Home TA Online After Najib’s reduced sentence, speculation refuses to go away

After Najib’s reduced sentence, speculation refuses to go away

Prisoner Najib Razak

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From the person in the street to the learned analyst and local and foreign media, we were inundated by emotional outbursts, ranging from shock to disdain, over the months-long rumoured pardon for a convict.

This almost became a reality on 30 January. 

Even though Najib Razak has not been awarded any real pardon, halving his sentence and reducing his fine has similar implications for the country.

Will the current government’s purring condescension, warnings to shut up and calls to “respect the powers of the Constitution” bring real closure to the criticisms? Or will the unease continue to fester? 

Political analyst Bridget Welsh describes the reduced prison time and ‘discounted’ fine for the convicted Najib – who still faces several more trials in court – as “a poison pill Malaysians will have to swallow”. 

This move appears to have nudged out values like fair, just and effective governance from the Madani (civil and compassionate) mantra coined by Prime Minister Anwar Ibrahim. These values seem to have fallen by the wayside, secondary to turbulent power struggles.

Perhaps it is time for us now to gaze at the crystal ball to see what the future holds. If speculation is not a sin, then here are some guesses.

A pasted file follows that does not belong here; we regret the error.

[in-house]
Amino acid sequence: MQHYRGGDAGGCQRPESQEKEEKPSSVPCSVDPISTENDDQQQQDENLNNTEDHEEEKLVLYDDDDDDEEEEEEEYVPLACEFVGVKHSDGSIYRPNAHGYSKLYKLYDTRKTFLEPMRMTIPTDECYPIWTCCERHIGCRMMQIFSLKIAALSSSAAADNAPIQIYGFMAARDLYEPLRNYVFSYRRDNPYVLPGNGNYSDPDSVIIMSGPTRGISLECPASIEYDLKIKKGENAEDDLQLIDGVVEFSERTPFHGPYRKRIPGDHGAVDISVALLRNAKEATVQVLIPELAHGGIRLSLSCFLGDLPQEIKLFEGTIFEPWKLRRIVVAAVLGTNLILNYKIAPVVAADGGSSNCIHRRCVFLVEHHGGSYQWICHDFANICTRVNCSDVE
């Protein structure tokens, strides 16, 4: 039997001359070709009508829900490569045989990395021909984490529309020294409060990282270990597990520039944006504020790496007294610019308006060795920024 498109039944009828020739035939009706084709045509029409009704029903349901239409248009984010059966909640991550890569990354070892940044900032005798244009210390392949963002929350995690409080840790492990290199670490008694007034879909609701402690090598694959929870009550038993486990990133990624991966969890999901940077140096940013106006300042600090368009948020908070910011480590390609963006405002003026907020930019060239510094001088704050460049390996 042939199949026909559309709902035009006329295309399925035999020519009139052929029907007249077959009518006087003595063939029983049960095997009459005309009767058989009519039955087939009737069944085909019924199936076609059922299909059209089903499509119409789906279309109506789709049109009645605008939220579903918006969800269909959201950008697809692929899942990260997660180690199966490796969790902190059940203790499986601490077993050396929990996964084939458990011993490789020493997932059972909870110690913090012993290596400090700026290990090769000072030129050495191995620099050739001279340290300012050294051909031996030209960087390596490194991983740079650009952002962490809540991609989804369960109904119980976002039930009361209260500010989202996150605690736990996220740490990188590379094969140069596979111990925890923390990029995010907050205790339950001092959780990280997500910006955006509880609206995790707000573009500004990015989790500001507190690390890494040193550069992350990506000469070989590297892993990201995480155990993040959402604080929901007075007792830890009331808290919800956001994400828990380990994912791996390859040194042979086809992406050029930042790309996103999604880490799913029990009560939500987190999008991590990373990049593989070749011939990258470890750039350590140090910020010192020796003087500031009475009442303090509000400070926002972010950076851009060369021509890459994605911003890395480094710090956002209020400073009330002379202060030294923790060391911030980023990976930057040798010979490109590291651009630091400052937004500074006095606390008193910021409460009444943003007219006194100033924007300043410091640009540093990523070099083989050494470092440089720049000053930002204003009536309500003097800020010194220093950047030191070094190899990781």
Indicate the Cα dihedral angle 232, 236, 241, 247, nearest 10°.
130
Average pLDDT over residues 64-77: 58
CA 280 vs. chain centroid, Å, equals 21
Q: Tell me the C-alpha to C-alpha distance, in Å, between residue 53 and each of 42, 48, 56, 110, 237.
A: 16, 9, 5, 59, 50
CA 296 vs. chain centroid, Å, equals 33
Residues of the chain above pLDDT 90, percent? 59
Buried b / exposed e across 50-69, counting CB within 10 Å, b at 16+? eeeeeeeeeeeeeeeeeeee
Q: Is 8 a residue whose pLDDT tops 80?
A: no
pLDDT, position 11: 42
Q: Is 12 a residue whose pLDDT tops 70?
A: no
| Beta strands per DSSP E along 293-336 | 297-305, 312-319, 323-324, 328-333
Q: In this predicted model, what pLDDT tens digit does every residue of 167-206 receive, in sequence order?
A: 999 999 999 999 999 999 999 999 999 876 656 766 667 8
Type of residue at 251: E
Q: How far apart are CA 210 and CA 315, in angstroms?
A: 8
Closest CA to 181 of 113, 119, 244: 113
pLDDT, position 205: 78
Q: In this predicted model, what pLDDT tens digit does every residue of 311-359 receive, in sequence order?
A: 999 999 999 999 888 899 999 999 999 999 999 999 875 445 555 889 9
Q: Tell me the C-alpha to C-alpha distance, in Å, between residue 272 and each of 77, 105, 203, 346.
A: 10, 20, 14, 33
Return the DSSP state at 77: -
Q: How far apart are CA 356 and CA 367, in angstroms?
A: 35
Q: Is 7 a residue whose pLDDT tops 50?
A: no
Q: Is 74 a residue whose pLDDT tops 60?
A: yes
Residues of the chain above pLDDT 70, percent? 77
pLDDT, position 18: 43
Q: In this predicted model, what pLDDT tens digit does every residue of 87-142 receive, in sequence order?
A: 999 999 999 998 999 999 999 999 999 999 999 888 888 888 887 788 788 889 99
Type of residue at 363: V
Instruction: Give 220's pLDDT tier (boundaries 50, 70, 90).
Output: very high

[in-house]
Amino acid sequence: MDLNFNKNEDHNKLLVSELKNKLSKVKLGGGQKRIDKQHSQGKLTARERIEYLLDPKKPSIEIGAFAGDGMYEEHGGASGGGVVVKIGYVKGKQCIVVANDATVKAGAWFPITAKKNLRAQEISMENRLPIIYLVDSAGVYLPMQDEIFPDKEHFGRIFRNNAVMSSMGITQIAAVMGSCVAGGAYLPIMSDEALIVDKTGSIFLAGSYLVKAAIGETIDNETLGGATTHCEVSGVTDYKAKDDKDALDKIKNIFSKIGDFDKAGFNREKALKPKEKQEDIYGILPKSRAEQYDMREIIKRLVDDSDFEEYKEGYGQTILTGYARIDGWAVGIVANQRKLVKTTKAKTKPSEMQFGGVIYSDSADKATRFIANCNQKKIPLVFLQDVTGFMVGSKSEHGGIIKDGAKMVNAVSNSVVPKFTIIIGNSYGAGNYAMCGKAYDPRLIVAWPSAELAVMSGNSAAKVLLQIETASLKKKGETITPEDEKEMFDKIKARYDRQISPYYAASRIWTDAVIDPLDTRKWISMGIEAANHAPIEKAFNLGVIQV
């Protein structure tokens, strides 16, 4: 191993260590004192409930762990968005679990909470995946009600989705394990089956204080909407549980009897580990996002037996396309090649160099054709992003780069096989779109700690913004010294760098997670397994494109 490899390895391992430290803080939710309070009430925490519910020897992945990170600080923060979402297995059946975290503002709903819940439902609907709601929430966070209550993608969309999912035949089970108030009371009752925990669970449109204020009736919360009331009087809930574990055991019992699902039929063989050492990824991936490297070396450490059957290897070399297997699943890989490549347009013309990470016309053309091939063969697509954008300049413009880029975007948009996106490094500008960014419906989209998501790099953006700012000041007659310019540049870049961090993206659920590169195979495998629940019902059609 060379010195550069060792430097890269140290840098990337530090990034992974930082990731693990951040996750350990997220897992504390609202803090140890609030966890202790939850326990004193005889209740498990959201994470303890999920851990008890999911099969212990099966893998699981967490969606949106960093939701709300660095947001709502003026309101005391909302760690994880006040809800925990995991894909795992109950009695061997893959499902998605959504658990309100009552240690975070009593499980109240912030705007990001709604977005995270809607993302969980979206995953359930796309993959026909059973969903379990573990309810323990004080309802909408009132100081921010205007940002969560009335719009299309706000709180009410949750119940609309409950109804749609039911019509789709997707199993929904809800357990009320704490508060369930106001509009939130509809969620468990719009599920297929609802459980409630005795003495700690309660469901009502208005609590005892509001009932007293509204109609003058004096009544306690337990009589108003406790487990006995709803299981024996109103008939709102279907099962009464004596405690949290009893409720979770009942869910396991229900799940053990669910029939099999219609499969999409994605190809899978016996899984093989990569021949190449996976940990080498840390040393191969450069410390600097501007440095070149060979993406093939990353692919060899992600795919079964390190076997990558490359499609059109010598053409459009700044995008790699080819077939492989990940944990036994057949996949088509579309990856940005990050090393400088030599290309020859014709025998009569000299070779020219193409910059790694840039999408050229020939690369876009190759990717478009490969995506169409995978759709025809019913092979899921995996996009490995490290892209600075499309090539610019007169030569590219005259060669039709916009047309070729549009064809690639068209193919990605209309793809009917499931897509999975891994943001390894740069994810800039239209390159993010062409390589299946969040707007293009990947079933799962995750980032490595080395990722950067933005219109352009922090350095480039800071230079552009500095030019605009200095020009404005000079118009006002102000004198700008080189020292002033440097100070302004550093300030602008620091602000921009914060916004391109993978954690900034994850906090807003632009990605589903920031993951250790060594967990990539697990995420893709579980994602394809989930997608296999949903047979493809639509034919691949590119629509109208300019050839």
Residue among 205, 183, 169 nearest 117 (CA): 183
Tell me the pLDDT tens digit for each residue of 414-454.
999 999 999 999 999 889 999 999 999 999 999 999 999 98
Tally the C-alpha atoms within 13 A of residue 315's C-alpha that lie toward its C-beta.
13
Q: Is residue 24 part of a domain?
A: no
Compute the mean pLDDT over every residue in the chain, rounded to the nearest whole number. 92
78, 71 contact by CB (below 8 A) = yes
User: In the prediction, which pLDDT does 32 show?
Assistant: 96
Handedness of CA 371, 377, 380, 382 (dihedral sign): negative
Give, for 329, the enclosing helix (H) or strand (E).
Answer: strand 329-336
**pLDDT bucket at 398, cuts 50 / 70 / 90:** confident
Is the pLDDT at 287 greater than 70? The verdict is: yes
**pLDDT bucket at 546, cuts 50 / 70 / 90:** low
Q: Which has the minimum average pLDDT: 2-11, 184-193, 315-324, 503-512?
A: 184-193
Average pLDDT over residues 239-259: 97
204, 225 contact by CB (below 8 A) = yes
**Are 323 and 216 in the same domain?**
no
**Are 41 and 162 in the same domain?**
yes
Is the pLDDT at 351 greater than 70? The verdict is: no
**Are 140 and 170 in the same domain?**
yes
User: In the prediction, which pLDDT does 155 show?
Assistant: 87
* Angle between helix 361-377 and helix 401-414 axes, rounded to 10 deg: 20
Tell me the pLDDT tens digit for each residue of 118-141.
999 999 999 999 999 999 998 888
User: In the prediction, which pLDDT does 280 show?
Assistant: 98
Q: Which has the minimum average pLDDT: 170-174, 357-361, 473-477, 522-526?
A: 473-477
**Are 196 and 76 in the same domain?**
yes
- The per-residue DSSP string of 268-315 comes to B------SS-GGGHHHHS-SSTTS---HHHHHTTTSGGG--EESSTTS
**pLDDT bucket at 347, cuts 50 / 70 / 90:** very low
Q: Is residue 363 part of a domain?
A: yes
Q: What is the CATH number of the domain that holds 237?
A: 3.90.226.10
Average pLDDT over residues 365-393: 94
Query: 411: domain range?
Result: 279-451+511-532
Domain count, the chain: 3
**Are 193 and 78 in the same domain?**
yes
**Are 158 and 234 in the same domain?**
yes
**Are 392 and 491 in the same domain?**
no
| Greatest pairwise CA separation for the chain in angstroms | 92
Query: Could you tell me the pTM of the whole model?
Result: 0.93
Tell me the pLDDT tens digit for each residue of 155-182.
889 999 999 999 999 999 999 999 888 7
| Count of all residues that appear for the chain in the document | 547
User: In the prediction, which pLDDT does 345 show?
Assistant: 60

Will Anwar be able to survive politically in the medium term? Will there now be a renewed rush to get the ‘numbers’ for a vote of no confidence in Parliament? Will this lead to an early general election? 

Ah, then there is this faint glow in the crystal ball suggesting that the pathway has been cleared for Umno to return to power, reinvented with a revived leadership to include the MCA and the MIC.

READ MORE:  Najib's sentence reduction: Has mercy robbed justice from the nation?

In another section of the crystal ball sits the prediction that ethnic Malay votes – known to be split right down the middle – will now also be joined by disillusioned ethnic minorities.

Are we in for another season of a ‘no two-thirds majority’ government? Who or what is the hidden hand that is moving and shaking Malaysia? That is anyone’s guess.

Is there a plot (or political strategy) behind these latest developments? Have we reached another major national crossroads?

We wait and watch.

The views expressed in Aliran's media statements and the NGO statements we have endorsed reflect Aliran's official stand. Views and opinions expressed in other pieces published here do not necessarily reflect Aliran's official position.

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Orang Ulu
Orang Ulu
11 Feb 2024 10.33am

That’s what you get when a fake reformer and ex-convict is appointed….

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